Ali Wong: L.A.'s Raunchiest Vietnamese-Chinese-American Standup Comic
Ali Wong is a cutesy-pie, potty-mouth, Vietnamese-Chinese-American comic. What more do you need to know? Here's our Q&A with her:
You're hilarious. Were you funny as a kid?
I constantly peed in my pants up until the 8th grade and wore an extra-large sailor uniform from kindergarten to 8th grade because my mom was scared I'd grow out of it. So I learned to make fun of myself at school and summer camp. Making people laugh was the only thing I ever truly excelled at. But at home, I was so quiet with my family, which taught me to be really observant.
You get pretty raunchy onstage. What do your parents think of your act?
My sister is gay so I can do whatever I want. The most valuable thing my dad taught me was to never care about what other people thought. When he came to my shows and I'd announce his presence, he'd stand up with his hands clasped in victory and cheer my name. My mom used to get embarrassed, but we've been through a lot together so she's just happy I can support myself. Press like this always helps, so thank you LA Weekly.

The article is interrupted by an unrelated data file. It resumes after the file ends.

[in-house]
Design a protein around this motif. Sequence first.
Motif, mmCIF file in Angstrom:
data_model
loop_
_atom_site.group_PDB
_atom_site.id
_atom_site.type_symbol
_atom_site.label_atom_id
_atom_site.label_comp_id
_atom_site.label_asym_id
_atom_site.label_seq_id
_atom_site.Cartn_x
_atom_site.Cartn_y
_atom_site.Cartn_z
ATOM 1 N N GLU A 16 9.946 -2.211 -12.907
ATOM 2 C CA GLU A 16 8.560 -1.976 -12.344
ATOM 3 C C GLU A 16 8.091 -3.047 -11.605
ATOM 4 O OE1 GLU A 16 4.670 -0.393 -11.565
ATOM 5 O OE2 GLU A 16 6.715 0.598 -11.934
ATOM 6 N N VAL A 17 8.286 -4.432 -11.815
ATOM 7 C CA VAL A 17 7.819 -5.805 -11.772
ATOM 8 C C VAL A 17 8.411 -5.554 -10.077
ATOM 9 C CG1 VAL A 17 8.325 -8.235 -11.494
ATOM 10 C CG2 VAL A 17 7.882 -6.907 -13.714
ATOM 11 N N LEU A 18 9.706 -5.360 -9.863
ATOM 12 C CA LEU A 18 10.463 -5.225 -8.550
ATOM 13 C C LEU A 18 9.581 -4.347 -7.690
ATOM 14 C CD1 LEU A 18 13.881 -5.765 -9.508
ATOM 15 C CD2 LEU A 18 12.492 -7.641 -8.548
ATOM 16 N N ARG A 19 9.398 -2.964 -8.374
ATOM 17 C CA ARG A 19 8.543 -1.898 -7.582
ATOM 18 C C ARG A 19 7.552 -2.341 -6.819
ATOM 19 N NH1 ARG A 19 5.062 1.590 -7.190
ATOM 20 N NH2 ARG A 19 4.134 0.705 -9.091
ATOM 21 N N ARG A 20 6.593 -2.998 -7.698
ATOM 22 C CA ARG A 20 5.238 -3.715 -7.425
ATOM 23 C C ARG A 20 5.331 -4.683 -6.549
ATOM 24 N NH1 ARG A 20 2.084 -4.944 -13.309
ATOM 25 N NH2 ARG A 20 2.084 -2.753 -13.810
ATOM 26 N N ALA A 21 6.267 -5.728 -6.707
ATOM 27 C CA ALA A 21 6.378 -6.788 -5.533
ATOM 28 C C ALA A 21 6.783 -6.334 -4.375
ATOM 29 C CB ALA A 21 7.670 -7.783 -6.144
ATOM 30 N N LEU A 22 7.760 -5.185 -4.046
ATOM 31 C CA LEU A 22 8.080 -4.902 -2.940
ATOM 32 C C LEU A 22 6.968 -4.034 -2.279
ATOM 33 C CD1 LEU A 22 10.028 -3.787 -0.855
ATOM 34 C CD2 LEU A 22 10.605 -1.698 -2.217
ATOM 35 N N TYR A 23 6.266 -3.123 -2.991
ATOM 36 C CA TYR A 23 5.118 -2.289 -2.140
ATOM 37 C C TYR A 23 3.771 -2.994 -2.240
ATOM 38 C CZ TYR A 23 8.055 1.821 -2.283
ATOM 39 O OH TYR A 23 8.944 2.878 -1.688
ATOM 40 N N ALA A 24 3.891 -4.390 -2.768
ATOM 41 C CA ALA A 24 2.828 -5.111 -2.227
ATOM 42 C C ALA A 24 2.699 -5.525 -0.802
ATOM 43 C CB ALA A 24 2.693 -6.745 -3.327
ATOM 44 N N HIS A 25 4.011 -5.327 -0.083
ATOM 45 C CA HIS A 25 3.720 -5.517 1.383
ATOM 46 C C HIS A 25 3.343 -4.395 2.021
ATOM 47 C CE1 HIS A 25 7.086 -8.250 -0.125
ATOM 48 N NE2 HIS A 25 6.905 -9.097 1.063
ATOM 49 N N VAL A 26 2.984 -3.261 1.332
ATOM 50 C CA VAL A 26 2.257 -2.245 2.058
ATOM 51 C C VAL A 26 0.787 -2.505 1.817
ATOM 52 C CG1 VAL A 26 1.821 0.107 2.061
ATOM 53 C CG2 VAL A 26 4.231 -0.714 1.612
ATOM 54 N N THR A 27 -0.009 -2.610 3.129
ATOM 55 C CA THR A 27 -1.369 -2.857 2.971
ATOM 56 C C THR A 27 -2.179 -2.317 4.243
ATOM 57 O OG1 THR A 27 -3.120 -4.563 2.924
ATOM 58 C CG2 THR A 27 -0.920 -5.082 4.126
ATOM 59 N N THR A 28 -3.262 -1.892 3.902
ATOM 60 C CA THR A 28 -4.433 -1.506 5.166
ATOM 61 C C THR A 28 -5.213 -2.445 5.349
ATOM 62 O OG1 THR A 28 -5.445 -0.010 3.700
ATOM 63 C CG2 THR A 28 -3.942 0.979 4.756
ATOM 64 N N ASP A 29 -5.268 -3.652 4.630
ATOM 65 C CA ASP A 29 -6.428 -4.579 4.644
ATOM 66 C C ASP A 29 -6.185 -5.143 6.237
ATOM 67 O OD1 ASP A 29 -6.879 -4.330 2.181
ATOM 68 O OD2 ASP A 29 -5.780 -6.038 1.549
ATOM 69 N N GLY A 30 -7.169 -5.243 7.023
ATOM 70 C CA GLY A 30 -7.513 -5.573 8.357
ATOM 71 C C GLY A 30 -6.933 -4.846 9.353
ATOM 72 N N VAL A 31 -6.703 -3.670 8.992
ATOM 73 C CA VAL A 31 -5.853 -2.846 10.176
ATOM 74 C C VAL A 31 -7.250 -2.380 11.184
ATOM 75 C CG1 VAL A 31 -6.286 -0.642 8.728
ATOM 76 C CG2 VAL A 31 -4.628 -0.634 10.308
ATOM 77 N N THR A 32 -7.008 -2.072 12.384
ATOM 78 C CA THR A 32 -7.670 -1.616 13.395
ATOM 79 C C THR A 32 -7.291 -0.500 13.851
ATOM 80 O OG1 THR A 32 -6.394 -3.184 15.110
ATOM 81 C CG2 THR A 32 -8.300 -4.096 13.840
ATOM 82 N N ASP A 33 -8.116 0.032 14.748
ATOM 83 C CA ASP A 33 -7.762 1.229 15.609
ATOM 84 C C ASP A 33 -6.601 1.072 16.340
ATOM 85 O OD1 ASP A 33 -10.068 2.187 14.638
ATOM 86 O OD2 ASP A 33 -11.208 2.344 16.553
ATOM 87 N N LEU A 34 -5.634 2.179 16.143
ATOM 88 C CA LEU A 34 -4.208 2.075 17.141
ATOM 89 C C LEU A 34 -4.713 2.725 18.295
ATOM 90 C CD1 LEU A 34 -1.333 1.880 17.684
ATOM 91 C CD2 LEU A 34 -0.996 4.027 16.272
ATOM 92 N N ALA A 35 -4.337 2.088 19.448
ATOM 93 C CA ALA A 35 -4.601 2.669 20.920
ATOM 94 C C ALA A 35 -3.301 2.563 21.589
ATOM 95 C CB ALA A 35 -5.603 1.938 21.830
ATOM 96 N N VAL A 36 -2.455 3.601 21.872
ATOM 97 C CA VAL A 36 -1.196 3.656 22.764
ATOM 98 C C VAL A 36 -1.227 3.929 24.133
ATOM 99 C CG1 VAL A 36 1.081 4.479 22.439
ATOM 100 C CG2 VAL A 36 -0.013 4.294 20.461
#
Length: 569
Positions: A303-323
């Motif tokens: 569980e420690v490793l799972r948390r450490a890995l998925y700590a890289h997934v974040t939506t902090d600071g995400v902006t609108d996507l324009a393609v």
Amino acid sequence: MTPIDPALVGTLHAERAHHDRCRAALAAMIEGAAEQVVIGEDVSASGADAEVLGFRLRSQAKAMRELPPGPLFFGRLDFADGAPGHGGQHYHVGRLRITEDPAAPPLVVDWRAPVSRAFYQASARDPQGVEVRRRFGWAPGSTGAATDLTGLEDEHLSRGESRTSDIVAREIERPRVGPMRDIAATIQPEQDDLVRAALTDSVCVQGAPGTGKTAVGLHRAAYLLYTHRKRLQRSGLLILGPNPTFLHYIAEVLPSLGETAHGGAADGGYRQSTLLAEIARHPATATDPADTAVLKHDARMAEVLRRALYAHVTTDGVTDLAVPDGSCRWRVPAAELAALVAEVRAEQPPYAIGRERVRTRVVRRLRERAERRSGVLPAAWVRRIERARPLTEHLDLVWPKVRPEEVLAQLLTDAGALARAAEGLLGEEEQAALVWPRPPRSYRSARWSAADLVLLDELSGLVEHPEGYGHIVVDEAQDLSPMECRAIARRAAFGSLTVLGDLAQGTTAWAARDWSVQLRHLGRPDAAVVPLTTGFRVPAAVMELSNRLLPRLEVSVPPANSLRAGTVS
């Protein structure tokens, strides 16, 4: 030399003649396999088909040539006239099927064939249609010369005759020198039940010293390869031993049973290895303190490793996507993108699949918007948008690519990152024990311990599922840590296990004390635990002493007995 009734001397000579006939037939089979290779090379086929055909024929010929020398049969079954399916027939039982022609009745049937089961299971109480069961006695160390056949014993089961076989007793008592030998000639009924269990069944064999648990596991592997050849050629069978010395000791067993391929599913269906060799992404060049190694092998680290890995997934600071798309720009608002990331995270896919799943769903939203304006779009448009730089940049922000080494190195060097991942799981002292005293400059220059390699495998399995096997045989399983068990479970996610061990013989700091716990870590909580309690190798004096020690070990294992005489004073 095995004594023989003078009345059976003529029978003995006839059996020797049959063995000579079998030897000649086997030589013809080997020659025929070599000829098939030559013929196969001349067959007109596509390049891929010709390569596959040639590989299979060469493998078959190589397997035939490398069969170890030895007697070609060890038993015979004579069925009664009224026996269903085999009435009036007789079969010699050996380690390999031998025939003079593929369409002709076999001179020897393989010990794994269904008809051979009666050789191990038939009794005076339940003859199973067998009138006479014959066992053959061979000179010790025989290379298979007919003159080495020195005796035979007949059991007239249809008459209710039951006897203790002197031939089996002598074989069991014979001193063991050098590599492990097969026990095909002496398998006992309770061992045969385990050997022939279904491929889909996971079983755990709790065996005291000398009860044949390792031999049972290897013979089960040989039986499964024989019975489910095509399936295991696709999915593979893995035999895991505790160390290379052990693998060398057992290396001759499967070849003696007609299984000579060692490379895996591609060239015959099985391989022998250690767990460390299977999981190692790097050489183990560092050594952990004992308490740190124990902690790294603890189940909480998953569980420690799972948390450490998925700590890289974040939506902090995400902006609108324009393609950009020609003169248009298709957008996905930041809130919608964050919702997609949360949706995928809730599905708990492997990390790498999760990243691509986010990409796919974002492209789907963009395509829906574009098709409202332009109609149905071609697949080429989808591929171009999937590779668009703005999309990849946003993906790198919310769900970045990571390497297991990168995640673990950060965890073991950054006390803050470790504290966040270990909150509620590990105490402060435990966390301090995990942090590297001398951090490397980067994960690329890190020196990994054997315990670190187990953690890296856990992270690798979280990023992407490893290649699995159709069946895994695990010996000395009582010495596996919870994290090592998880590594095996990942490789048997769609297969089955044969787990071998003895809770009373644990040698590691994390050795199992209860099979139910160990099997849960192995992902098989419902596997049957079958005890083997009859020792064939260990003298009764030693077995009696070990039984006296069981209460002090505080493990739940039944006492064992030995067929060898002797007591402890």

After being named "Best Comedian" in San Francisco, how did other comics treat you?
Unfortunately, no different.
What do you love/hate about L.A.?
I love how serious all the ethnic enclaves are; they do such a good job of preserving culture. Vietnamese food in Orange Country is so authentic because they are catering to their own. So it's nice to have access to good bun bo hue (spicy pig's feet soup) and mam tom, this delicious sauce that smells like foot. And I love the pre-cut fruit on every corner here. Whenever I see one of those rainbow umbrellas, I do a kegel. The biggest downside of L.A. is the traffic and parking tickets. They turn me into Michael Douglas in Falling Down.
Who do people say you look like?
If you weren't a comic, what would you be?
A Real Housewife of San Francisco.
How would you describe your comedy to someone who's never seen you?
What do you do all day when you're on the road?
I'm very "stuff white people like" when I go on the road I try to visit all the interesting museums, find farmer's markets and eat at the most highly reviewed places on Yelp. I watch a lot of Pawn Stars and Keeping Up With the Kardashians since I don't have cable at home.
Is there anywhere where you are treated like royalty?
Do you really have a bachelor's degree in Asian American Studies from UCLA? How has that come in handy?
I'm now an expert on how to blame everything on white people.
Ali Wong performs The Wong Show at the Lab at the Improv, 8162 Melrose Ave., West Hollywood. Wed., July 13, 8:30 p.m.; $5. (323) 651-2583.
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